Okay, Sunday was the 10th of June ... I know that ... Sunday was my mother’s birthday .... I know that! Sunday I sent several e-cards to her, called her and sang “Happy Birthday” to her. So, why did I forget to write her blog? And forget I did! Sorry, Mom .... it took your reminder to help me realize what I had done. Was it thinking too much about a coming anniversary? Was it laziness? Don’t know, but it completely went out of my mind (what little I have left). I know I had the pictures chosen and the idea of the blog in my head ... it just went floating out with the breeze. Let’s just blame the heat, shall we? We had to have the air conditioning on that day because it was so hot; not having fresh air blow through my brain must have been the reason - my brain just froze. Right? Right! Of course Right!
Be-that-how-it-may, I am correcting that error today. Sunday, June 10th, was my mother’s 92nd birthday. Ninety-two years old! How remarkable is that? How many people are blessed to say that of their mothers?
Mom was born on June 10, 1920 - during the “Roaring Twenties;” she spent her pre-teens and teen years in the “Dirty Thirties.” Then married just at the beginning of World War Two. She has seen quite a change in America in these 92 years.
McClusky, North Dakota was where she was born; she never left North Dakota until she traveled by train down to Georgia to meet and marry Dad. After their wedding, Mom and Dad traveled throughout the United States and the world, as Dad was a pilot in the new Air Force and became a career officer, where he stayed until his retirement.
Most of the time during their travels, Dad would be stationed somewhere, find a place for the growing family to live while Mom followed with the (again) growing family. I have many stories told to me of driving across the nation with 2 / 3 / 4 children in the car with her. Then the big trip where she traveled, again with 4 children in a transport ship from the west coast to Japan. It takes a courageous woman to strike out with children in a car to go from one side of the nation to the other, not knowing if the car would make it (they weren’t all that dependable way back then), if there would be flat tires to change, if children would get sick, if there would be no-where to sleep at night except in the car. And not really knowing what kind of place they were moving to. Nowadays, most couples visit the new place, pick out a house / apartment to live in and agree on the town. The Air Force took most of those choices away from their employees and dependents. A man went where he was told and the wife made the best of it.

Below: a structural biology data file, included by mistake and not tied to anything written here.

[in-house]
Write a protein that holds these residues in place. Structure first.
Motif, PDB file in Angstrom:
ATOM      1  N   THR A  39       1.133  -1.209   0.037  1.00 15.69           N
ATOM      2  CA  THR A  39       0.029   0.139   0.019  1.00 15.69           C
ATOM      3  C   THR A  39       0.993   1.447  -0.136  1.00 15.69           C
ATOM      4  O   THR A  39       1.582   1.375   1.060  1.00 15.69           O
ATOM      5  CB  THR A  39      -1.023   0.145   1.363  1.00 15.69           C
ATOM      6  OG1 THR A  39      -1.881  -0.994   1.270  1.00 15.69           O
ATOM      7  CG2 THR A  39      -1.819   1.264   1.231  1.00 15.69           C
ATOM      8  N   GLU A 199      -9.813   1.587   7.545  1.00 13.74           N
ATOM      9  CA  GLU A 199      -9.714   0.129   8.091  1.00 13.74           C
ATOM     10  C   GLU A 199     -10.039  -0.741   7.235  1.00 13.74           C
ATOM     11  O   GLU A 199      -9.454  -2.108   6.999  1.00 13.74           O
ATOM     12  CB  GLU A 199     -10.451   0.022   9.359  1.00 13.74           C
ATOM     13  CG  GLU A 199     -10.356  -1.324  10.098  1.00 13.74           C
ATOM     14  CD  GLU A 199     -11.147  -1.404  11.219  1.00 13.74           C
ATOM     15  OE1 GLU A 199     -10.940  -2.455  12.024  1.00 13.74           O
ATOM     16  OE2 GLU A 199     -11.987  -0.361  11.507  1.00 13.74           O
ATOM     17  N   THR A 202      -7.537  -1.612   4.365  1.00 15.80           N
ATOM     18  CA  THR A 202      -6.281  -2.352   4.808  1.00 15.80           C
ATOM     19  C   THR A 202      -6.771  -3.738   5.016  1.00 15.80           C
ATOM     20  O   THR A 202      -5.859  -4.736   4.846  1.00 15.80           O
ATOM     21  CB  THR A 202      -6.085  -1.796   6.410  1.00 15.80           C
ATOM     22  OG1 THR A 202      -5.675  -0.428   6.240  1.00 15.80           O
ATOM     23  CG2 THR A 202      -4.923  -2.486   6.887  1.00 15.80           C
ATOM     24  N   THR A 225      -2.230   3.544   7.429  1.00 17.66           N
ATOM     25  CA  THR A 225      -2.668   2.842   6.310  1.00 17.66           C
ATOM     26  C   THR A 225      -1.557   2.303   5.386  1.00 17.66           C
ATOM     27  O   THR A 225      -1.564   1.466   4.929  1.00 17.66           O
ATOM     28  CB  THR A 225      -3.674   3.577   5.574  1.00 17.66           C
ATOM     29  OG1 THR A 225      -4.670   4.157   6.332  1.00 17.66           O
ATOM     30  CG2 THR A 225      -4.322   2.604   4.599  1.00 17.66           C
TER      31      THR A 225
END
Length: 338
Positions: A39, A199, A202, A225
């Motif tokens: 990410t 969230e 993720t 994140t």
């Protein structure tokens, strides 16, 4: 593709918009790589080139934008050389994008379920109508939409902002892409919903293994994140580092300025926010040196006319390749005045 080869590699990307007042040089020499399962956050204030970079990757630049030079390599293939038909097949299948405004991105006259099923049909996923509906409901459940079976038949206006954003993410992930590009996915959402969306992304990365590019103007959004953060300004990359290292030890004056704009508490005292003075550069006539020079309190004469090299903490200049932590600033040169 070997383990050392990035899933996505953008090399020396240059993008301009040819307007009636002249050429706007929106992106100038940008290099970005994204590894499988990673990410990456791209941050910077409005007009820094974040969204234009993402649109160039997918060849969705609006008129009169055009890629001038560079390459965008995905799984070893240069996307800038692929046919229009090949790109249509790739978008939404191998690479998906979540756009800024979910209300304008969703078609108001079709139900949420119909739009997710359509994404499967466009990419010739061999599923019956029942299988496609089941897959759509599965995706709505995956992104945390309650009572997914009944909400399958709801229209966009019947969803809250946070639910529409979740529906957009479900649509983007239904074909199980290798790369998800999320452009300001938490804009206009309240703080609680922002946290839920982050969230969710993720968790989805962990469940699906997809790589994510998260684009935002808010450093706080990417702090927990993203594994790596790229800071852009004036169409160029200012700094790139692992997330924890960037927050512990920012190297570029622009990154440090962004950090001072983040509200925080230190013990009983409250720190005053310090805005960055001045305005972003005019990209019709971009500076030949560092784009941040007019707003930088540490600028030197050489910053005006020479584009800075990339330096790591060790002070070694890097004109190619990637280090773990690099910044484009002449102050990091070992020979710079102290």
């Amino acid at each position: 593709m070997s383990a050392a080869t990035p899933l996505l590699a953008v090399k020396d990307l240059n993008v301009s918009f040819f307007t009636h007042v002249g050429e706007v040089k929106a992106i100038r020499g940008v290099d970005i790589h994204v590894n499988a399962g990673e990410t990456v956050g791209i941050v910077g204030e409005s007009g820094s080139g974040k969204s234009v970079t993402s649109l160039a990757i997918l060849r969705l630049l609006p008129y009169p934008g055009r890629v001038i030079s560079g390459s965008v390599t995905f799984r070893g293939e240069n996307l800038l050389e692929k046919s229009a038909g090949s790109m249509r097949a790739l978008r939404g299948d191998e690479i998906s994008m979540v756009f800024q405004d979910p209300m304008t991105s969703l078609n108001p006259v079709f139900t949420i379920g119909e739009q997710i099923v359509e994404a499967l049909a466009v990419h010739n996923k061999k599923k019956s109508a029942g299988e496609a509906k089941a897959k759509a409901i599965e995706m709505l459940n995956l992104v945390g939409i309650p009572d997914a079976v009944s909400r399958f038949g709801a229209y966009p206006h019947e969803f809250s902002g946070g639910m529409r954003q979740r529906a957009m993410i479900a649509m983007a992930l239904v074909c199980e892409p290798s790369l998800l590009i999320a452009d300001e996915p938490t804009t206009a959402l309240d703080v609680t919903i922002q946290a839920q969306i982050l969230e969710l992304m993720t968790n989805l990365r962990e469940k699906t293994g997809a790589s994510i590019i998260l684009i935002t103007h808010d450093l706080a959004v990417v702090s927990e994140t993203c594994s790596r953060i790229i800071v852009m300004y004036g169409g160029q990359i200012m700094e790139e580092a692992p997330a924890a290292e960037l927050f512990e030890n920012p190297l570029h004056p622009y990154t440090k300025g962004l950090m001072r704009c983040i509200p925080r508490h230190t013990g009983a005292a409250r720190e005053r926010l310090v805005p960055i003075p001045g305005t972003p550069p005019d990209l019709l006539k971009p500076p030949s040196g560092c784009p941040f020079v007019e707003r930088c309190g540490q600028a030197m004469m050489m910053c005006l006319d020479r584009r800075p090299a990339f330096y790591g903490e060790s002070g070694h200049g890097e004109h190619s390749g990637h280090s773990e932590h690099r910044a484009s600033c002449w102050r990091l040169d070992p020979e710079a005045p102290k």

And Mom did make the best of it. We had pleasant, beautiful places to live (at least inside, if the outside wasn’t the best); we all survived and grew up as reasonably normal adults (I am speaking of myself, here ...) and Mom and Dad have stayed together the entire time. Their anniversary is coming up, but that’s another story for another time.
Mom taught me the pleasures of reading, although I’m sure that many times she was sorry that she did - I was a total bookworm and had to be forced to turn out the light at night, come to meals, join in family activities. If I didn’t have a book in my hand, I wasn’t truly happy.
She taught us how to be more adventurous in our food choices by lovingly saying “If you are served something you don’t THINK you will like, taste it, then leave it if you DON’T like it.” This was especially the rule as we visited others. We were never allowed to say “I don’t like it,” causing the hostess to worry about what to feed a finicky child. If we didn’t like the food served, we went hungry until the next meal, unless we could fill up with something on the table. Now the others became more adventurous in their foods; I just went hungry. I didn’t inherit the “all food is good, no matter how different” genes!
Mom finished 2 years of college and taught in a one-room school house until she married Dad. After we had settled (permanently) in Rapid City, SD, Mom started substitute teaching, then went to college to finish her degree. With her 4-year degree, she continued to teach until she retired. When I was at a lose as to what to chose for a career, she encouraged me to become a teacher. Unfortunately, I didn’t inherit her teacher genes and taught for only 5 years until I was able to become an at-home mom and never went back into the school room as a teacher. Mom taught in the same school as Joy and Jill attended, so was able to work with them in the school room and helped teach them the love of reading.
I have known Mom for (ahem) 68 years and am proud to call her my mother. She has friends around the world that have remained friends for a very long time. Some of them are from college years, which is saying quite a bit!
Happy Birthday, Mom! I know it was a happy one; I am only sorry I didn’t get this written and posted on the proper day ... I promise not to forget next year! I love you.
Mom in High School. Note the cute buttons on her dress!
Mom, with Nana. I think I'm there, too (although hidden very well).
And here I am, with Mom and Dad! The first of the gang.